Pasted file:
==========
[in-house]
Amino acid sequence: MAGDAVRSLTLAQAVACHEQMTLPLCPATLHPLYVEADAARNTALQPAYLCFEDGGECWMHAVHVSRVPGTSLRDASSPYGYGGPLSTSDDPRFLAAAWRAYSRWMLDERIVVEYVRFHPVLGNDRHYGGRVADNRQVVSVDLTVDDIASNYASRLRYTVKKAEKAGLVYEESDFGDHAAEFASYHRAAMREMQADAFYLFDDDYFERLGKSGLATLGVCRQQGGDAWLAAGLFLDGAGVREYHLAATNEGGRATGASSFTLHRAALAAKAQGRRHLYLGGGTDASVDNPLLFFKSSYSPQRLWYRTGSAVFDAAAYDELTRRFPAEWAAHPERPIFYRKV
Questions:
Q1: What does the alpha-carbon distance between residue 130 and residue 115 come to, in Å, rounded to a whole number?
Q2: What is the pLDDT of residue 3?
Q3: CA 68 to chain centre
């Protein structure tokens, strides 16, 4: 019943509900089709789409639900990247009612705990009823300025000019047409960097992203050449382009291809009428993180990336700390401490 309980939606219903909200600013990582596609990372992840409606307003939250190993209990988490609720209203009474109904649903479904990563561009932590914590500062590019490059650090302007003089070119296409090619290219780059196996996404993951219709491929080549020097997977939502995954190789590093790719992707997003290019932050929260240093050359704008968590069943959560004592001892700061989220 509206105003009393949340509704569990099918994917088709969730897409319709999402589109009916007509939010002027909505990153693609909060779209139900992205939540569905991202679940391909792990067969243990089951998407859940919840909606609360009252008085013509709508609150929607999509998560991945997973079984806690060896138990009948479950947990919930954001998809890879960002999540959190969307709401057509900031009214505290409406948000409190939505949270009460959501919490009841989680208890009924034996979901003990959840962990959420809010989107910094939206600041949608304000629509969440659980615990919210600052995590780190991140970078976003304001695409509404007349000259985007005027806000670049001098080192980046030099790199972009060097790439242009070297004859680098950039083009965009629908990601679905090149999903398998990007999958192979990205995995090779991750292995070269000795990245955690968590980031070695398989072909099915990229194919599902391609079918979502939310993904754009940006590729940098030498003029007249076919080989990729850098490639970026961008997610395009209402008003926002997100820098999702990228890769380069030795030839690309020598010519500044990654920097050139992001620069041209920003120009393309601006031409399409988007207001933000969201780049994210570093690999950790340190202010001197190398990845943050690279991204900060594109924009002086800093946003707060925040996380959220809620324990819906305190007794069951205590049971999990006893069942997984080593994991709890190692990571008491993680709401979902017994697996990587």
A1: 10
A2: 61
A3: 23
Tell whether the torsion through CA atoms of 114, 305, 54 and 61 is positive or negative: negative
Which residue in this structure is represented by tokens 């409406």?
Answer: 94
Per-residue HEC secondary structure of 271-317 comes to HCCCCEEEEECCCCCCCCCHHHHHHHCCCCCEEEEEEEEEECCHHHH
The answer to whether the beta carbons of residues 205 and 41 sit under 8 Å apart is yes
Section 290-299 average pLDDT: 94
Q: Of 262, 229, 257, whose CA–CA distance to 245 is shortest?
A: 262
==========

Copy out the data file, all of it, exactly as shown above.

[in-house]
Amino acid sequence: MAGDAVRSLTLAQAVACHEQMTLPLCPATLHPLYVEADAARNTALQPAYLCFEDGGECWMHAVHVSRVPGTSLRDASSPYGYGGPLSTSDDPRFLAAAWRAYSRWMLDERIVVEYVRFHPVLGNDRHYGGRVADNRQVVSVDLTVDDIASNYASRLRYTVKKAEKAGLVYEESDFGDHAAEFASYHRAAMREMQADAFYLFDDDYFERLGKSGLATLGVCRQQGGDAWLAAGLFLDGAGVREYHLAATNEGGRATGASSFTLHRAALAAKAQGRRHLYLGGGTDASVDNPLLFFKSSYSPQRLWYRTGSAVFDAAAYDELTRRFPAEWAAHPERPIFYRKV
Questions:
Q1: What does the alpha-carbon distance between residue 130 and residue 115 come to, in Å, rounded to a whole number?
Q2: What is the pLDDT of residue 3?
Q3: CA 68 to chain centre
């Protein structure tokens, strides 16, 4: 019943509900089709789409639900990247009612705990009823300025000019047409960097992203050449382009291809009428993180990336700390401490 309980939606219903909200600013990582596609990372992840409606307003939250190993209990988490609720209203009474109904649903479904990563561009932590914590500062590019490059650090302007003089070119296409090619290219780059196996996404993951219709491929080549020097997977939502995954190789590093790719992707997003290019932050929260240093050359704008968590069943959560004592001892700061989220 509206105003009393949340509704569990099918994917088709969730897409319709999402589109009916007509939010002027909505990153693609909060779209139900992205939540569905991202679940391909792990067969243990089951998407859940919840909606609360009252008085013509709508609150929607999509998560991945997973079984806690060896138990009948479950947990919930954001998809890879960002999540959190969307709401057509900031009214505290409406948000409190939505949270009460959501919490009841989680208890009924034996979901003990959840962990959420809010989107910094939206600041949608304000629509969440659980615990919210600052995590780190991140970078976003304001695409509404007349000259985007005027806000670049001098080192980046030099790199972009060097790439242009070297004859680098950039083009965009629908990601679905090149999903398998990007999958192979990205995995090779991750292995070269000795990245955690968590980031070695398989072909099915990229194919599902391609079918979502939310993904754009940006590729940098030498003029007249076919080989990729850098490639970026961008997610395009209402008003926002997100820098999702990228890769380069030795030839690309020598010519500044990654920097050139992001620069041209920003120009393309601006031409399409988007207001933000969201780049994210570093690999950790340190202010001197190398990845943050690279991204900060594109924009002086800093946003707060925040996380959220809620324990819906305190007794069951205590049971999990006893069942997984080593994991709890190692990571008491993680709401979902017994697996990587």
A1: 10
A2: 61
A3: 23
Tell whether the torsion through CA atoms of 114, 305, 54 and 61 is positive or negative: negative
Which residue in this structure is represented by tokens 């409406």?
Answer: 94
Per-residue HEC secondary structure of 271-317 comes to HCCCCEEEEECCCCCCCCCHHHHHHHCCCCCEEEEEEEEEECCHHHH
The answer to whether the beta carbons of residues 205 and 41 sit under 8 Å apart is yes
Section 290-299 average pLDDT: 94
Q: Of 262, 229, 257, whose CA–CA distance to 245 is shortest?
A: 262